Barack Obama: ‘The American Dream is something no wall will ever contain’

‘Our strength, our greatness, does not depend on Donald Trump’


PHILADELPHIA — President Barack Obama found himself in the unenviable position of having to defend presidential nominee Hillary Clinton after a fractious Democratic Convention.

And he had to focus on what is arguably her biggest weakness: national security.

In her four years serving as Secretary of State, her critics argue, Clinton effectively created a power vacuum for ISIS, thanks to her insistence on military intervention in the relatively stable Libya, and she jeopardized highly classified intelligence information through her usage of private, unsecured servers.

However, Clinton has a — somewhat — easy out from all of this. If she just chalked up her State record to a rookie mistake, one which was a learning opportunity for her, preparing her for the leadership stage, just perhaps she could actually be forgiven. If Clinton, who’s currently trusted by just 32 percent, under one-third of the population, could show a sliver of humility and personal responsibility, maybe she could be wholeheartedly embraced in the fight against a race-baiting strongman who has no knowledge or respect of the Constitution.

Despite seven in 10 Americans thinking that this country is moving in the wrong direction, the audience still unilaterally adores him, shouting “Yes we can!” even though eight years of the Obama administration has proven that we couldn’t.

“I stand before you again tonight, after almost two terms as president to tell you I have more optimistic than ever before,” Obama said. Obama cited shutting down Iran’s nuclear program (sure!), signing the Paris Climate accords (which have literally no Congressional impact) and delivering just to Osama Bin Laden (alright, I’ll give him that one).

Obama gave a projection of the speech the First Lady gave on Monday, one woven with a beautiful web of platitudes and fake bones thrown to conservatives. Donald Trump’s despicability and utter lack of principles made this easy, if not inevitable.

“It’s precisely this contest of ideas that pushed this country forward. But what we heard in Cleveland last week wasn’t particularly Republican – and it sure wasn’t conservative,” Obama started, an accurate reflection of Trump’s failure as a candidate. But then Obama proceeded to fall in the Democratic trap of defending his shoddy international record: “What we heard was a deeply pessimistic vision of a country where we turn against each other, and turn away from the rest of the world. There were no serious solutions to pressing problems – just the fanning of resentment, and blame, and anger, and hate.”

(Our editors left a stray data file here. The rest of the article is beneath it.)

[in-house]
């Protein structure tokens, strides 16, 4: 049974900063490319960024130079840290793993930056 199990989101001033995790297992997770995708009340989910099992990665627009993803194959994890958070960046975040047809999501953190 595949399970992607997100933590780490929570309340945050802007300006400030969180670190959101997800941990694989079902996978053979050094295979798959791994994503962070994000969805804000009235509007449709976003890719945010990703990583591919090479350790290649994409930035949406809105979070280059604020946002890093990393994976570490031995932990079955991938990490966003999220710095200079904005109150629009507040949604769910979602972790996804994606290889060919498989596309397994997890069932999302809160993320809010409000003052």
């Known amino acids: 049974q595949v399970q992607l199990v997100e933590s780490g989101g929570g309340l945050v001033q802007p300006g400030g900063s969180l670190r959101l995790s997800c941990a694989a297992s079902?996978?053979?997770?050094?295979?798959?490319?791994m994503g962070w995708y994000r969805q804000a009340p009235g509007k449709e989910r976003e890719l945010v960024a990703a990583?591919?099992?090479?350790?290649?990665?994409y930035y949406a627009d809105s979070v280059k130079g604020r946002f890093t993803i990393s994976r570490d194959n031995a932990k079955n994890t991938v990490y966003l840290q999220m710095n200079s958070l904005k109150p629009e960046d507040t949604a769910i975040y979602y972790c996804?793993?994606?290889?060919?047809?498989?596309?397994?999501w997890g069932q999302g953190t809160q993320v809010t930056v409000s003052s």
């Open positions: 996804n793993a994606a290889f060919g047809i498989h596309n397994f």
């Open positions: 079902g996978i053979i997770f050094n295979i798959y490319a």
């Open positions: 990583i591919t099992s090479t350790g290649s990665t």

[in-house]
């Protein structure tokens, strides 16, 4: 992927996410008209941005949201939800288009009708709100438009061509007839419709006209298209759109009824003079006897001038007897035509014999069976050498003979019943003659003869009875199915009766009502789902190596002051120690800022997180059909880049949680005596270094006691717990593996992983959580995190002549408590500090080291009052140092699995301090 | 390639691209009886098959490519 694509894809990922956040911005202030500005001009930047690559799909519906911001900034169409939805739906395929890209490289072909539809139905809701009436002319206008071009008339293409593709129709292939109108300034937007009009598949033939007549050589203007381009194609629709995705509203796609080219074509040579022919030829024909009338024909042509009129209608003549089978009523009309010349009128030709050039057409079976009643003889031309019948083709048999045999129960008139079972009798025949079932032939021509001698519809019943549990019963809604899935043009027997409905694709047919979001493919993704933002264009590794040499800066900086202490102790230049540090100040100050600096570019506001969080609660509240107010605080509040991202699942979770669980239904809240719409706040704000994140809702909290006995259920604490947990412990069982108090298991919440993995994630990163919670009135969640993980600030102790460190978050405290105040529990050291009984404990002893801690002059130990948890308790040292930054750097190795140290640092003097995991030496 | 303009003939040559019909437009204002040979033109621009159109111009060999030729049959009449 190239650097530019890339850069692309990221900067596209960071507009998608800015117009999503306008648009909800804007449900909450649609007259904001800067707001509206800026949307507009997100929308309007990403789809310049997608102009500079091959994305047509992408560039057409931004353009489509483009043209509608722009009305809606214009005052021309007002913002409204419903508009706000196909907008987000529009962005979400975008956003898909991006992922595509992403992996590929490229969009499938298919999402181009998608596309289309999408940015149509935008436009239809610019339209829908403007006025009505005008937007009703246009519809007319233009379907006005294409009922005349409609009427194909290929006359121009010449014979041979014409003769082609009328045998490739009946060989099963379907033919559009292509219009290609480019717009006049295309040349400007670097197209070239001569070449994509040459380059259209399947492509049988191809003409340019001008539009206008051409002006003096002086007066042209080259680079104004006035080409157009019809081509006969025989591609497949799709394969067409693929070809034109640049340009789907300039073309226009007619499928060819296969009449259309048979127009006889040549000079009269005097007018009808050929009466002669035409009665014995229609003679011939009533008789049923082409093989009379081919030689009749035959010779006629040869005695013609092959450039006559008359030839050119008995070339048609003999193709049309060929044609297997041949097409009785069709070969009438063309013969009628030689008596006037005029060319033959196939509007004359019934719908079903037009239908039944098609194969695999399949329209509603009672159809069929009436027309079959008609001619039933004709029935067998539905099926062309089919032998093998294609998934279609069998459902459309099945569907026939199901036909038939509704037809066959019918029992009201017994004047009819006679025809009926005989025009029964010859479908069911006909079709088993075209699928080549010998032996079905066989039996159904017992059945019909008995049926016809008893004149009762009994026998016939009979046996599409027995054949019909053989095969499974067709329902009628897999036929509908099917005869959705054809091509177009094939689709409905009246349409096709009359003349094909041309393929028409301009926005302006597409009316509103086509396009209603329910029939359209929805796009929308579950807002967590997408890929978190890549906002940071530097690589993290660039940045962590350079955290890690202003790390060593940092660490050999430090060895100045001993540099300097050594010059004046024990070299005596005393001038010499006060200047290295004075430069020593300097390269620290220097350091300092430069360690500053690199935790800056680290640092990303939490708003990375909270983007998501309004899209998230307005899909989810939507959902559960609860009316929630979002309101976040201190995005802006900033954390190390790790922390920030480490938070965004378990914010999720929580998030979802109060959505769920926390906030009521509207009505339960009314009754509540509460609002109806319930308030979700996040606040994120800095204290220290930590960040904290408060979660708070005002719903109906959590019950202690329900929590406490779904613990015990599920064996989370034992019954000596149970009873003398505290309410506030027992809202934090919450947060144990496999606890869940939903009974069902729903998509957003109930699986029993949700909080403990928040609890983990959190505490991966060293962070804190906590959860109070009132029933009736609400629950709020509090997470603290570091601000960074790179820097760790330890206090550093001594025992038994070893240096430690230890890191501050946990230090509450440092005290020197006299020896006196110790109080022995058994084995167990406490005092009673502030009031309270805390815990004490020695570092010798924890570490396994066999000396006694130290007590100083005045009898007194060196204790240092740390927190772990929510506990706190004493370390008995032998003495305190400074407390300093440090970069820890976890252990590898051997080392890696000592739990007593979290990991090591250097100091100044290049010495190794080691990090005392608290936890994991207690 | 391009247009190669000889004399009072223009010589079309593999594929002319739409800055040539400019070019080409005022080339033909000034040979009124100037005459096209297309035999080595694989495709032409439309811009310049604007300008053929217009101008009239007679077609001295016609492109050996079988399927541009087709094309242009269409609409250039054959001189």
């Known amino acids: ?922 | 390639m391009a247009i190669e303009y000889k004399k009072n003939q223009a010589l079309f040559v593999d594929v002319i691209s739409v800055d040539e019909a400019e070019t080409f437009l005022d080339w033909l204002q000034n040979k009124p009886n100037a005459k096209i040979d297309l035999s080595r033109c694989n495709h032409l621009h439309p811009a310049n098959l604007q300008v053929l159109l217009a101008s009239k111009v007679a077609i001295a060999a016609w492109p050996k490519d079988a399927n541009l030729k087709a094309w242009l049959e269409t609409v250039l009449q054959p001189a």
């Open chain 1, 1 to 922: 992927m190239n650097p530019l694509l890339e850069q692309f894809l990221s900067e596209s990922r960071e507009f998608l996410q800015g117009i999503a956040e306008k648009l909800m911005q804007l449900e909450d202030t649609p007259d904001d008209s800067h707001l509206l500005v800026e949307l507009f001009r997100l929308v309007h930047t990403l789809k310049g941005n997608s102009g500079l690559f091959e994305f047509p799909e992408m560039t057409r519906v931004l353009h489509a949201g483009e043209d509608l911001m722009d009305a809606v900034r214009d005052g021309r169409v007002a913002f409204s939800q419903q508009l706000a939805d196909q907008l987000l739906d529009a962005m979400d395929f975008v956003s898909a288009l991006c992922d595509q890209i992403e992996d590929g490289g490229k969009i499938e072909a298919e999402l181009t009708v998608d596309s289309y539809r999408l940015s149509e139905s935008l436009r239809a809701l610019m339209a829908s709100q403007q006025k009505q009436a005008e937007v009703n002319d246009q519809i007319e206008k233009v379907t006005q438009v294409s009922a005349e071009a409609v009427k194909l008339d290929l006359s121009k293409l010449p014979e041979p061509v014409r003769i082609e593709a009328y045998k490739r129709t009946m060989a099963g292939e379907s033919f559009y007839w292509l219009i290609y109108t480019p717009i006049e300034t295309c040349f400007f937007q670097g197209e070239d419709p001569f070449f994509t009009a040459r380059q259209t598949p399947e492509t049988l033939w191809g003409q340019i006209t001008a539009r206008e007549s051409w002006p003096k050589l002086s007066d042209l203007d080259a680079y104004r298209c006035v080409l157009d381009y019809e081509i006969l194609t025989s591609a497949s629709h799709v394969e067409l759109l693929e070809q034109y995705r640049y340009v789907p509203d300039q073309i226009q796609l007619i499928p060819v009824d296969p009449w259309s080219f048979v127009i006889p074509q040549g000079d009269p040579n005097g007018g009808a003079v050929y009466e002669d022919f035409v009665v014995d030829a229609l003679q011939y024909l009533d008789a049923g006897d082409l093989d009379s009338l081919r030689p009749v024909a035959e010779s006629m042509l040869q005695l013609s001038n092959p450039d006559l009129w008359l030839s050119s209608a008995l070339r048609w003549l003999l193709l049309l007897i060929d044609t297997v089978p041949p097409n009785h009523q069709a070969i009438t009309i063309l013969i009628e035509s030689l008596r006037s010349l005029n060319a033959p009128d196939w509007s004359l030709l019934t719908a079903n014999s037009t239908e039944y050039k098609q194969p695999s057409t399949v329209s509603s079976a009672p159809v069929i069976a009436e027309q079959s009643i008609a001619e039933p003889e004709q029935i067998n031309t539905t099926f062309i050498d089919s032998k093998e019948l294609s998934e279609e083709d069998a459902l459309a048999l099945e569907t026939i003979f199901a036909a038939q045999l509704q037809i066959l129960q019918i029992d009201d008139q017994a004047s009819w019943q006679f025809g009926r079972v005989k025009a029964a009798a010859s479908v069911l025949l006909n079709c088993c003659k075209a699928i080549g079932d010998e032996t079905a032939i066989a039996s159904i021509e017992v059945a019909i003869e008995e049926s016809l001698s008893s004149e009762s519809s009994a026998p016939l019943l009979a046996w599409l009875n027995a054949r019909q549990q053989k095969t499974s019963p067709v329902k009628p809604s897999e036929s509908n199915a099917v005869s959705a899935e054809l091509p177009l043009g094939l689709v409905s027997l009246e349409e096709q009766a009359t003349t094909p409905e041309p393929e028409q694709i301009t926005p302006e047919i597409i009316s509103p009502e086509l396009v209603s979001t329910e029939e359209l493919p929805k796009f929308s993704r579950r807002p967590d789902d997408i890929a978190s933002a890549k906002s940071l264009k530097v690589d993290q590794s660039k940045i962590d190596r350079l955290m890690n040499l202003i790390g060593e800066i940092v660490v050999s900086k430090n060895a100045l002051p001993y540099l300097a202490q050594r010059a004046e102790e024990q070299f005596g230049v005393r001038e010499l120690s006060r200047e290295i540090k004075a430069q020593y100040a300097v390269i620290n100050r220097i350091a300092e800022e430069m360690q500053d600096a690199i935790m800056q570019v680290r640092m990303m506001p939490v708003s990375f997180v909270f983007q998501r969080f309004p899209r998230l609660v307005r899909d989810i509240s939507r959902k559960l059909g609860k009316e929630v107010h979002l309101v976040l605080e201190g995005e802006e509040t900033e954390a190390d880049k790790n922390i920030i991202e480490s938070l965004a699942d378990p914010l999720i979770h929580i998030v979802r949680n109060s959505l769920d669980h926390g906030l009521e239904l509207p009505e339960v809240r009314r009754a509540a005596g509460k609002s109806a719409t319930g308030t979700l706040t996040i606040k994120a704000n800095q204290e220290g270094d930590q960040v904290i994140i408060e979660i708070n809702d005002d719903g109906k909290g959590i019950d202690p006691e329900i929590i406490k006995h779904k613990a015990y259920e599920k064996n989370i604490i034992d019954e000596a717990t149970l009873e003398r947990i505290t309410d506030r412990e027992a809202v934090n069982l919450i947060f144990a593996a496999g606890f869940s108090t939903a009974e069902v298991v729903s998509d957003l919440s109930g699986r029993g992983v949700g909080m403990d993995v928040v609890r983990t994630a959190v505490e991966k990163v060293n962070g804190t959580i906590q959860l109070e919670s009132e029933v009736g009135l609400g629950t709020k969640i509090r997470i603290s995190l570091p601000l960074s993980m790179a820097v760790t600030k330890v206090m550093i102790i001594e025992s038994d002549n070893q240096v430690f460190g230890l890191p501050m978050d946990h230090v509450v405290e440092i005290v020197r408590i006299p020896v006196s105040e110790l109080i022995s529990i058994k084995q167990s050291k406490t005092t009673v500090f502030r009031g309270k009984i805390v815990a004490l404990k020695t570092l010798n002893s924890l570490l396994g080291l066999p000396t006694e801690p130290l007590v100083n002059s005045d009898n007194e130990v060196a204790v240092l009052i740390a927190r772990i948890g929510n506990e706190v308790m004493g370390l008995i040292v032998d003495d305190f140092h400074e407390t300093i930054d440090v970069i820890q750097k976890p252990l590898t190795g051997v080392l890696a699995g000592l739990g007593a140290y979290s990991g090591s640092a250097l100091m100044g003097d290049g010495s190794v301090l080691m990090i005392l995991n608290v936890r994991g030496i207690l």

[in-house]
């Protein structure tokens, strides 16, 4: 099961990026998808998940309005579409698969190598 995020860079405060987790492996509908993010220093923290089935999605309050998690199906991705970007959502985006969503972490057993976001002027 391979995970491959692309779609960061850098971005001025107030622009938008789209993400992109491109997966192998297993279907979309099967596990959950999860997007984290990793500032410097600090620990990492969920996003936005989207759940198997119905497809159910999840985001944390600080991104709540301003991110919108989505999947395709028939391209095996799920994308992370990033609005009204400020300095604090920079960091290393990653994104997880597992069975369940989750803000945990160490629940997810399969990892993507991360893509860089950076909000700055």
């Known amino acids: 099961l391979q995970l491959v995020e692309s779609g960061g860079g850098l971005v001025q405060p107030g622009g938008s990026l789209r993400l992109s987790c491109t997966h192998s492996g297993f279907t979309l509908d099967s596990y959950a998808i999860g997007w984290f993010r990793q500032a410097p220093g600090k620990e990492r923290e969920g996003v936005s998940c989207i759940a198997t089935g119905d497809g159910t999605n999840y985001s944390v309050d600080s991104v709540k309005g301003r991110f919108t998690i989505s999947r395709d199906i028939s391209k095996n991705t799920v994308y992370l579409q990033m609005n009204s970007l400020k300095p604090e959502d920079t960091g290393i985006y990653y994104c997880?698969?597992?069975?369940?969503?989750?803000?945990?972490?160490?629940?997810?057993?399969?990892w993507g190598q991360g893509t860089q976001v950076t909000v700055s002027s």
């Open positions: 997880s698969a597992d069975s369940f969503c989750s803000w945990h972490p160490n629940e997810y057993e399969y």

The fact is that no matter how much faith Obama has in America, his foreign policy still, still gave rise to a genocidal, evil, international terrorist organization. Trump’s message may have been negative, but the overwhelming majority of Americans found the mere fact that Trump recognized the very real, tangible problems our country faces somewhat comforting. At least comforting enough that Trump now carries an actual lead over Clinton in post-convention polls.

And as far as that “contest of ideas” goes, the rest of Obama’s speech lambasted them. “Ronald Reagan called America ‘a shining city on a hill,'” he said. “Donald Trump calls it ‘a divided crime scene’ that only he can fix.”

The city on a hill represents American principles, enshrining legal equality for all, transcendent of time, even when people were wrongly enslaved or denied the right to vote. The divided crime scene is the only honest diagnosis Trump has made, one which is a product of the Obama administration’s uniquely divided rhetoric. But as usual, Obama sold it, with impeccable oration condemning an egregious, un-American opposition.

“The American Dream is something no wall will ever contain,” Obama correctly assessed. The roaring audience seemed to agree. In a convention riddled with inter-party feuds, only a single “No TPP!” interrupted the president. Of course none of this is counting the continuous Yes we cans which littered the Obama doctrine.

Obama didn’t take the true steps to exonerate Clinton from his messy doctrinal legacy. Although he asserted: “There has never ever been, not me, not Bill, anyone more qualified to serve as the president of the United States,” he did not do the truly American thing, to ask for forgiveness, to ask for mercy from his constituents. Instead he said: “Anyone who threatens our values, whether fascists or communists or jihadists or homegrown demagogues, will always fail in the end.”

“America is already great. America is already strong,” Obama added. “And I promise you, our strength, our greatness, does not depend on Donald Trump.”